Fita heads back to court to appeal against ruling that tobacco remains banned


“The court erred in not finding that the medical literature and research relied on by the [Cogta minister Nkosazana Dlamini-Zuma] was not supportive of the ban on the sale of cigarettes and related tobacco products imposed by the regulations,” Fita said.

It said that in the absence of sufficient or credible evidence of a link between the sale of tobacco products and a cessation of smoking — which, it said, there was no satisfactory evidence of — and a further link between the sale of tobacco products and an increased strain on the country’s health-care facilities — again, Fita argued there was no such satisfactory evidence — there could be no valid or rational basis for the regulations imposing the ban.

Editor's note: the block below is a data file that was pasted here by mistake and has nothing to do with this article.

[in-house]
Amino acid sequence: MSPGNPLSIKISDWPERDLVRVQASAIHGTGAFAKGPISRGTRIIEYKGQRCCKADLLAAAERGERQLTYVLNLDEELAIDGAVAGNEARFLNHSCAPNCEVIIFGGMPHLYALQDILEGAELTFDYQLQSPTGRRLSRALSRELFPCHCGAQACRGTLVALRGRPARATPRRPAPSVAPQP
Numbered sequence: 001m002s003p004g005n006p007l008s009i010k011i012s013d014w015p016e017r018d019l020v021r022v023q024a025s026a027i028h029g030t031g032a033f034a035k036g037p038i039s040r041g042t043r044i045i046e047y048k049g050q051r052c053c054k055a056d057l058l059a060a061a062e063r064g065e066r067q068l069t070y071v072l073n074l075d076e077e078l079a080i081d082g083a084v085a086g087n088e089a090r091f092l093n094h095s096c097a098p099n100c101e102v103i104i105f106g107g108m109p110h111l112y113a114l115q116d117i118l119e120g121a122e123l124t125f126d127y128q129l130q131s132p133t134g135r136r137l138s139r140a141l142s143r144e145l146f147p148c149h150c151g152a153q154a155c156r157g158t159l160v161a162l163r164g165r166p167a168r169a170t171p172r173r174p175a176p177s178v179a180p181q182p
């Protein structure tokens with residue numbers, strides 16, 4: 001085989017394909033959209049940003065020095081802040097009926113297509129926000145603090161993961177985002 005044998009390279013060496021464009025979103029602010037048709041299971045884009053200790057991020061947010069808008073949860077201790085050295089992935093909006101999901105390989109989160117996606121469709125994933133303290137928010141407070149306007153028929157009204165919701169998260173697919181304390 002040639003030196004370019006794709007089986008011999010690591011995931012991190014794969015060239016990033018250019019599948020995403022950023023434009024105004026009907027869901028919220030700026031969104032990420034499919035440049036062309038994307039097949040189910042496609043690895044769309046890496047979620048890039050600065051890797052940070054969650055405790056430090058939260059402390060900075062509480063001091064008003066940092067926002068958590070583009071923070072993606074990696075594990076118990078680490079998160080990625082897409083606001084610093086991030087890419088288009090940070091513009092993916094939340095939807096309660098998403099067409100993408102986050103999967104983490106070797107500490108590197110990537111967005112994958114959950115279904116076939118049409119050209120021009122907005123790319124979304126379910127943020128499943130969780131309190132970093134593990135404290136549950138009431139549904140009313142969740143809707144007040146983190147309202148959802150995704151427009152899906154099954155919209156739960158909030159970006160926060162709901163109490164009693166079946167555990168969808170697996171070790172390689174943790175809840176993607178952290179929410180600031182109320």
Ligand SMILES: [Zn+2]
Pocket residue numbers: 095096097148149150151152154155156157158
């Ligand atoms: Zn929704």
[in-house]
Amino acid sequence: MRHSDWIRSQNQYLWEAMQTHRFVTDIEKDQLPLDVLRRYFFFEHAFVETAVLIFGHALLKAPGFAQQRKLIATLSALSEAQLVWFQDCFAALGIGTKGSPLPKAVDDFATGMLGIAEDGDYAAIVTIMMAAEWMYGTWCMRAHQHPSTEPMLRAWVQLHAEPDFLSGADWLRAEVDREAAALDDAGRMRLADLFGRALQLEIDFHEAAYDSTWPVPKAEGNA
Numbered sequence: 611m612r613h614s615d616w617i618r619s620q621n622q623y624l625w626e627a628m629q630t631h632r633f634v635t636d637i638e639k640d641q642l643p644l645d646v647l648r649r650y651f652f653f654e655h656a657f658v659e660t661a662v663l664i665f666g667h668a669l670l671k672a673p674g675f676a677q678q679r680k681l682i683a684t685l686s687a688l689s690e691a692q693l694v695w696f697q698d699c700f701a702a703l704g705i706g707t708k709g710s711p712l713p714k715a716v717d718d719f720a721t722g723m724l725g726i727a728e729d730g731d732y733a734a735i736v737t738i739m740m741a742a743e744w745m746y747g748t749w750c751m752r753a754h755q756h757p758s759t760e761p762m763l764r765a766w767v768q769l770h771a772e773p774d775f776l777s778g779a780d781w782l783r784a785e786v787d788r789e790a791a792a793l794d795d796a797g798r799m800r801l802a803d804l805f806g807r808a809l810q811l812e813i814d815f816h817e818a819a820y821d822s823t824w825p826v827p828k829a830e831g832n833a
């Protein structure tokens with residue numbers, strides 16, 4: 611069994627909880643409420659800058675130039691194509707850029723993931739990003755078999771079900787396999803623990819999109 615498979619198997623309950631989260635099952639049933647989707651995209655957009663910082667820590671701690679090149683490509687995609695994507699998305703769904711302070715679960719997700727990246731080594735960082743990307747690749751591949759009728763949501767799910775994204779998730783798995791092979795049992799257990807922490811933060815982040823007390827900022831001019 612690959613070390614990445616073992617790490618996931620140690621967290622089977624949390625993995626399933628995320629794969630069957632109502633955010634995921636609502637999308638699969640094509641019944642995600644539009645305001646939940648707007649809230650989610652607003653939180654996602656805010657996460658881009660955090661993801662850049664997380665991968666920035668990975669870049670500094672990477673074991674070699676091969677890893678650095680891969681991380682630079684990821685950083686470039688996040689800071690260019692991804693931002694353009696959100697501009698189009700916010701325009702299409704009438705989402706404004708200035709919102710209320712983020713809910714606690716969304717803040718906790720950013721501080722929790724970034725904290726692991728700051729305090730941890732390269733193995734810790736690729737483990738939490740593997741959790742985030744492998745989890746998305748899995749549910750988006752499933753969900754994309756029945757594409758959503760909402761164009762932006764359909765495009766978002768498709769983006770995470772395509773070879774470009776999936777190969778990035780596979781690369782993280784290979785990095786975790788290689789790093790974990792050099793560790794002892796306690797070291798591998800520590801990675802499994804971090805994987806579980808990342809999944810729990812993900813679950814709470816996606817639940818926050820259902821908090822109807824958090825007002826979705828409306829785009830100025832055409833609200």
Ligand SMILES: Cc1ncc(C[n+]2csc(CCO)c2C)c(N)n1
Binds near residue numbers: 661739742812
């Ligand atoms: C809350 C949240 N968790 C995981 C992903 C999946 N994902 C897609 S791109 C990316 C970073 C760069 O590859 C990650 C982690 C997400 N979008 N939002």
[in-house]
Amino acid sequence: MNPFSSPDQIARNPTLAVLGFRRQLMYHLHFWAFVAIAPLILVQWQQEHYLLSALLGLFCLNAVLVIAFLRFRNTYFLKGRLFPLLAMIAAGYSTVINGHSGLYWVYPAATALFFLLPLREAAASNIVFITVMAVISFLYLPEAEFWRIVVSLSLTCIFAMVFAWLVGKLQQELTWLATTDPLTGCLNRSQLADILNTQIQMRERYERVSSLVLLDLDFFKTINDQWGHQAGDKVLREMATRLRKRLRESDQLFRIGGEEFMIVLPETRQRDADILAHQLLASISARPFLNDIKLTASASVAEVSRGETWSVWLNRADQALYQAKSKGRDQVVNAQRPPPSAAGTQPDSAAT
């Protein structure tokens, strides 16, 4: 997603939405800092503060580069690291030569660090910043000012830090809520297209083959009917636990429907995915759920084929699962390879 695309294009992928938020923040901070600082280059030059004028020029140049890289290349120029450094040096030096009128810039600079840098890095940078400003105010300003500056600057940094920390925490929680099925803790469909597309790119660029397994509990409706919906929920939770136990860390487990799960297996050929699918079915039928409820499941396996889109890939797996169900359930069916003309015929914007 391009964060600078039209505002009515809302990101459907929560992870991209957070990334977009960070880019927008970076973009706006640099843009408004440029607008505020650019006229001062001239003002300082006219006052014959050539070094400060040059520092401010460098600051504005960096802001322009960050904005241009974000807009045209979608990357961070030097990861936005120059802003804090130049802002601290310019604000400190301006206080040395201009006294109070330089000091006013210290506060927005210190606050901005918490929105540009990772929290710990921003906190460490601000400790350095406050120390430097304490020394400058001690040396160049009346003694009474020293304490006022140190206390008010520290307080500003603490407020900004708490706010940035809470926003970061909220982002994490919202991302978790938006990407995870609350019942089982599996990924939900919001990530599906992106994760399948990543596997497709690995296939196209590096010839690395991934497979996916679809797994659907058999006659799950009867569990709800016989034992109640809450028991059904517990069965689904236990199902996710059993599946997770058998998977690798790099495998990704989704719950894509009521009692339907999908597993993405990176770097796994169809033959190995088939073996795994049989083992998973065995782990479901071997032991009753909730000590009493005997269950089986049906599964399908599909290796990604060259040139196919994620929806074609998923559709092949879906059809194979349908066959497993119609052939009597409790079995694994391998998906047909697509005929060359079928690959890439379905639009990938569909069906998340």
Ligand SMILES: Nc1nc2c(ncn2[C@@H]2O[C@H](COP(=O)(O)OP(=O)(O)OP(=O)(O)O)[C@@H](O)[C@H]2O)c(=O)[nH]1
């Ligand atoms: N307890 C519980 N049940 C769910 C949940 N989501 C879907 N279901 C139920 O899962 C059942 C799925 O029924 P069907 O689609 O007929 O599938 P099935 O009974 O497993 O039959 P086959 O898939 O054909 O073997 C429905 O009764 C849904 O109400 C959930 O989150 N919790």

The organisation said the court also erred by not answering whether the “ban, as the means adopted by the minister, [was] objectively rationally justifiable and necessary in achieving the stated objective”.

“The appeal is of public importance, has reasonable prospects of success and, accordingly, leave to appeal to the Supreme Court of Appeal should be granted,” Fita said in its application.